APOLOGY by Plato, Part 01
Translated by Benjamin Jowett
How you have felt, O men of Athens, at hearing the speeches of my accusers, I cannot tell; but I know that their persuasive words almost made me forget who I was - such was the effect of them; and yet they have hardly spoken a word of truth. But many as their falsehoods were, there was one of them which quite amazed me; - I mean when they told you to be upon your guard, and not to let yourselves be deceived by the force of my eloquence. They ought to have been ashamed of saying this, because they were sure to be detected as soon as I opened my lips and displayed my deficiency; they certainly did appear to be most shameless in saying this, unless by the force of eloquence they mean the force of truth; for then I do indeed admit that I am eloquent. But in how different a way from theirs! Well, as I was saying, they have hardly uttered a word, or not more than a word, of truth; but you shall hear from me the whole truth: not, however, delivered after their manner, in a set oration duly ornamented with words and phrases. No indeed! but I shall use the words and arguments which occur to me at the moment; for I am certain that this is right, and that at my time of life I ought not to be appearing before you, O men of Athens, in the character of a juvenile orator - let no one expect this of me. And I must beg of you to grant me one favor, which is this - If you hear me using the same words in my defence which I have been in the habit of using, and which most of you may have heard in the agora, and at the tables of the money-changers, or anywhere else, I would ask you not to be surprised at this, and not to interrupt me. For I am more than seventy years of age, and this is the first time that I have ever appeared in a court of law, and I am quite a stranger to the ways of the place; and therefore I would have you regard me as if I were really a stranger, whom you would excuse if he spoke in his native tongue, and after the fashion of his country; - that I think is not an unfair request. Never mind the manner, which may or may not be good; but think only of the justice of my cause, and give heed to that: let the judge decide justly and the speaker speak truly.
And first, I have to reply to the older charges and to my first accusers, and then I will go to the later ones. For I have had many accusers, who accused me of old, and their false charges have continued during many years; and I am more afraid of them than of Anytus and his associates, who are dangerous, too, in their own way. But far more dangerous are these, who began when you were children, and took possession of your minds with their falsehoods, telling of one Socrates, a wise man, who speculated about the heaven above, and searched into the earth beneath, and made the worse appear the better cause. These are the accusers whom I dread; for they are the circulators of this rumor, and their hearers are too apt to fancy that speculators of this sort do not believe in the gods. And they are many, and their charges against me are of ancient date, and they made them in days when you were impressible - in childhood, or perhaps in youth - and the cause when heard went by default, for there was none to answer. And, hardest of all, their names I do not know and cannot tell; unless in the chance of a comic poet. But the main body of these slanderers who from envy and malice have wrought upon you - and there are some of them who are convinced themselves, and impart their convictions to others - all these, I say, are most difficult to deal with; for I cannot have them up here, and examine them, and therefore I must simply fight with shadows in my own defence, and examine when there is no one who answers. I will ask you then to assume with me, as I was saying, that my opponents are of two kinds - one recent, the other ancient; and I hope that you will see the propriety of my answering the latter first, for these accusations you heard long before the others, and much oftener.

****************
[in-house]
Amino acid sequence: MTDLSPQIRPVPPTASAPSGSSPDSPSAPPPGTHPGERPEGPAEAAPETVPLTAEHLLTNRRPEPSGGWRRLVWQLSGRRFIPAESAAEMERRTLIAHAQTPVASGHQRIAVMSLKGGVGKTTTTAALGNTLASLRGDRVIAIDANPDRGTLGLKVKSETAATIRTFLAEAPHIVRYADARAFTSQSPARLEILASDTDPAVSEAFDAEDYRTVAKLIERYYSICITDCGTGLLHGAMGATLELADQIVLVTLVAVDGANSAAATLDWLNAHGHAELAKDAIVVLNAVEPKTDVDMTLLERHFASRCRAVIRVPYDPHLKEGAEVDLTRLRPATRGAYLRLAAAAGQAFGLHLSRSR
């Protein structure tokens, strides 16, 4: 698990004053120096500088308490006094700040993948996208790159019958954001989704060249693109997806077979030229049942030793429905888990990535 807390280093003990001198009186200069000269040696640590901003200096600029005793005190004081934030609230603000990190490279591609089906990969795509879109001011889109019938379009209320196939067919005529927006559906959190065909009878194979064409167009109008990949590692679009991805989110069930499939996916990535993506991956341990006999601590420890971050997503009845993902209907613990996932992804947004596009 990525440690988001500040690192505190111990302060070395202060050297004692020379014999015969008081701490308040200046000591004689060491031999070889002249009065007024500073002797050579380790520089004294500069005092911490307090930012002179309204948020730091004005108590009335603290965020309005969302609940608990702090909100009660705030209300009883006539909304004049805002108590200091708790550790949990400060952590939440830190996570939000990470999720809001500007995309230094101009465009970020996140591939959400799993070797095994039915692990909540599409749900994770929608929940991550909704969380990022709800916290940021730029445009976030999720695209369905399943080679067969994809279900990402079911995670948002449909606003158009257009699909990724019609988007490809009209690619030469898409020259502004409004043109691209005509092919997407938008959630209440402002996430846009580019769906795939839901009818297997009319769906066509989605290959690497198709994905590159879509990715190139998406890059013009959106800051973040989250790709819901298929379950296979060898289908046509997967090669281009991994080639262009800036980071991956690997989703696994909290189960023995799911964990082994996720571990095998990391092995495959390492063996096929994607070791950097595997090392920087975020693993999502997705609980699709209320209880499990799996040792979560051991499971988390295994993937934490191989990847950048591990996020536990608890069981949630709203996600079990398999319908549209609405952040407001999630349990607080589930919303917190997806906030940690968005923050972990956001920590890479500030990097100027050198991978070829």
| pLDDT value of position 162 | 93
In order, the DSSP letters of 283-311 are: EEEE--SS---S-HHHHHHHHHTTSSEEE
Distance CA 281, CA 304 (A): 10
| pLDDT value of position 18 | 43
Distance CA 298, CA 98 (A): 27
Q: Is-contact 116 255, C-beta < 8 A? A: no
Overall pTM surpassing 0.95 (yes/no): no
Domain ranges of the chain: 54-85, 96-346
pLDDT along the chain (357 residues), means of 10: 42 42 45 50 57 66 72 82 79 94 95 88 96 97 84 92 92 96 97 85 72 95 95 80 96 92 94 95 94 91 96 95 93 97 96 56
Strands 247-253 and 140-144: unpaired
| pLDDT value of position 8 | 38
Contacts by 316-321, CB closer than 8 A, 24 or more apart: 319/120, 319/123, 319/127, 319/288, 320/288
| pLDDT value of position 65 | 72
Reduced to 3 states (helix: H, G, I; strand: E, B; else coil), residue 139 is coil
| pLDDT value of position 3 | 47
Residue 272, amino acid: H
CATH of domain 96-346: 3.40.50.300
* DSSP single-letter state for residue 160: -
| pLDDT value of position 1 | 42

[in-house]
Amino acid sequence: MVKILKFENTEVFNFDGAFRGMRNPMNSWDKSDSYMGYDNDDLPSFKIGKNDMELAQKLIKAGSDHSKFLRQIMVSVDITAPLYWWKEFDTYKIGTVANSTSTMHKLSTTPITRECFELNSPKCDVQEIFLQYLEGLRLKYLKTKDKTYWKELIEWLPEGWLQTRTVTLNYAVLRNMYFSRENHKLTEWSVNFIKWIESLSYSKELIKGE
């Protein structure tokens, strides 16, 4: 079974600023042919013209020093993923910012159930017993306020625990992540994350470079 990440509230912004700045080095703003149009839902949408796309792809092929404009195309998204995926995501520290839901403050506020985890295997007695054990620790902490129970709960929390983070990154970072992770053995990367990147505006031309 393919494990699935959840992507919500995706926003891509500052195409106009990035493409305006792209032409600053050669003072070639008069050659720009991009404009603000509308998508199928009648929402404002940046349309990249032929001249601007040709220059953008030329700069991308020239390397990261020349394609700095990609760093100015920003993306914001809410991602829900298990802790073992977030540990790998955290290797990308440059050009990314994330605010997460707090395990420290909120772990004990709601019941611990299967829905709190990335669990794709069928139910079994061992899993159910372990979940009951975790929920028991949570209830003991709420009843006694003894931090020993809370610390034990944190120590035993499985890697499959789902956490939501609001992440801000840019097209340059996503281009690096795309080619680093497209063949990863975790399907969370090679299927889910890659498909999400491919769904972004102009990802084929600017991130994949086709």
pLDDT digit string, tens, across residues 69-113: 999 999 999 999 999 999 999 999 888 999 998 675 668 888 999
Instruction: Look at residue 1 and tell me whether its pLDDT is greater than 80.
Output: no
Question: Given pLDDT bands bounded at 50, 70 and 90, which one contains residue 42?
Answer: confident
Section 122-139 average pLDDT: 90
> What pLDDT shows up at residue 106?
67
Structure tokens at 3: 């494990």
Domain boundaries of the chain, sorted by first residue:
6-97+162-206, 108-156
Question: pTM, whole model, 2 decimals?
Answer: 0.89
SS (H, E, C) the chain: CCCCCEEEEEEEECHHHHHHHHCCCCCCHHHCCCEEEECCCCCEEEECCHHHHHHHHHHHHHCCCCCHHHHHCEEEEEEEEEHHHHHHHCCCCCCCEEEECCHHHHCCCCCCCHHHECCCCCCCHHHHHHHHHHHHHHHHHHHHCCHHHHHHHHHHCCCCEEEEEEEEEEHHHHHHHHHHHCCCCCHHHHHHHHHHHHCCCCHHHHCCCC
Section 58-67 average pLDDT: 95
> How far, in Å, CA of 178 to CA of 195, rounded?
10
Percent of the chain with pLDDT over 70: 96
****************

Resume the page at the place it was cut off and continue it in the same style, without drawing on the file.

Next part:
Well, then, I will make my defence, and I will endeavor in the short time which is allowed to do away with this evil opinion of me which you have held for such a long time; and I hope I may succeed, if this be well for you and me, and that my words may find favor with you. But I know that to accomplish this is not easy - I quite see the nature of the task. Let the event be as God wills: in obedience to the law I make my defence.
I will begin at the beginning, and ask what the accusation is which has given rise to this slander of me, and which has encouraged Meletus to proceed against me. What do the slanderers say? They shall be my prosecutors, and I will sum up their words in an affidavit. "Socrates is an evil-doer, and a curious person, who searches into things under the earth and in heaven, and he makes the worse appear the better cause; and he teaches the aforesaid doctrines to others." That is the nature of the accusation, and that is what you have seen yourselves in the comedy of Aristophanes; who has introduced a man whom he calls Socrates, going about and saying that he can walk in the air, and talking a deal of nonsense concerning matters of which I do not pretend to know either much or little - not that I mean to say anything disparaging of anyone who is a student of natural philosophy. I should be very sorry if Meletus could lay that to my charge. But the simple truth is, O Athenians, that I have nothing to do with these studies. Very many of those here present are witnesses to the truth of this, and to them I appeal. Speak then, you who have heard me, and tell your neighbors whether any of you have ever known me hold forth in few words or in many upon matters of this sort. ... You hear their answer. And from what they say of this you will be able to judge of the truth of the rest.